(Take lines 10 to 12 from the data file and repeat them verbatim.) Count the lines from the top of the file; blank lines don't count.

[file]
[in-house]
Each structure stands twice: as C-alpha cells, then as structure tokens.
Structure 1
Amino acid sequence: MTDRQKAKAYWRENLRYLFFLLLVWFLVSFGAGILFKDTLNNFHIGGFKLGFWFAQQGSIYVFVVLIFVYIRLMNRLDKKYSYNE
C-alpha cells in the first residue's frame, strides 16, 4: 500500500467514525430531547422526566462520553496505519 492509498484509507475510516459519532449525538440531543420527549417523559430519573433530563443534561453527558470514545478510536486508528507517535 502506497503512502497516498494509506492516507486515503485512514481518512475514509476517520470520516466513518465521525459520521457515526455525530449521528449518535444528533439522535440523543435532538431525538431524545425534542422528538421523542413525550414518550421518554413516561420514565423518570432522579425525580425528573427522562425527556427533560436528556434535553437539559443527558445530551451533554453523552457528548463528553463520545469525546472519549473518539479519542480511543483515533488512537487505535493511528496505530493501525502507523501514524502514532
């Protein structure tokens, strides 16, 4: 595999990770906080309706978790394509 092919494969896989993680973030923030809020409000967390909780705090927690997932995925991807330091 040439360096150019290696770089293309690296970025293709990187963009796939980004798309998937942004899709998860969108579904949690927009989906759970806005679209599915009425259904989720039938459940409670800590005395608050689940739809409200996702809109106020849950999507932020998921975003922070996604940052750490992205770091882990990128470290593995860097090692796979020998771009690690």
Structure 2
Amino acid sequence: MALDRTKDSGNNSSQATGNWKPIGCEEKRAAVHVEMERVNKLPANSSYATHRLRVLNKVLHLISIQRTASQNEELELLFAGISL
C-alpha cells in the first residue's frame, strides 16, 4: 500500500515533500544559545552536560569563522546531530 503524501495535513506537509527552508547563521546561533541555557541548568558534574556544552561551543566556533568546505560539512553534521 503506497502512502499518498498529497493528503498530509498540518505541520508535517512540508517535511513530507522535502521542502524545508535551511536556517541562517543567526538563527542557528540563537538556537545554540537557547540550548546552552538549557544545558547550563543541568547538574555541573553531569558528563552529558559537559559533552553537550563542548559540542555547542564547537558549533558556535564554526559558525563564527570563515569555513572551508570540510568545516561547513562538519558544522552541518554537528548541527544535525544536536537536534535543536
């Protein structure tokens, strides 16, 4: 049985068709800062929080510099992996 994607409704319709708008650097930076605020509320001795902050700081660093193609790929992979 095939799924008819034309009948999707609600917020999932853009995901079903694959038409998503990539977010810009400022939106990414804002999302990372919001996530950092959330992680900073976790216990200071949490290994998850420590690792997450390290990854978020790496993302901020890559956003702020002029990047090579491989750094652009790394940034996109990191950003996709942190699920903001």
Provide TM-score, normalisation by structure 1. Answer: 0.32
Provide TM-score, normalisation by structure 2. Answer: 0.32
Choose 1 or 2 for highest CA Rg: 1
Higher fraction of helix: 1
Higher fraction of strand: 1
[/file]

């Protein structure tokens, strides 16, 4: 049985068709800062929080510099992996 994607409704319709708008650097930076605020509320001795902050700081660093193609790929992979 095939799924008819034309009948999707609600917020999932853009995901079903694959038409998503990539977010810009400022939106990414804002999302990372919001996530950092959330992680900073976790216990200071949490290994998850420590690792997450390290990854978020790496993302901020890559956003702020002029990047090579491989750094652009790394940034996109990191950003996709942190699920903001």
Provide TM-score, normalisation by structure 1. Answer: 0.32
Provide TM-score, normalisation by structure 2. Answer: 0.32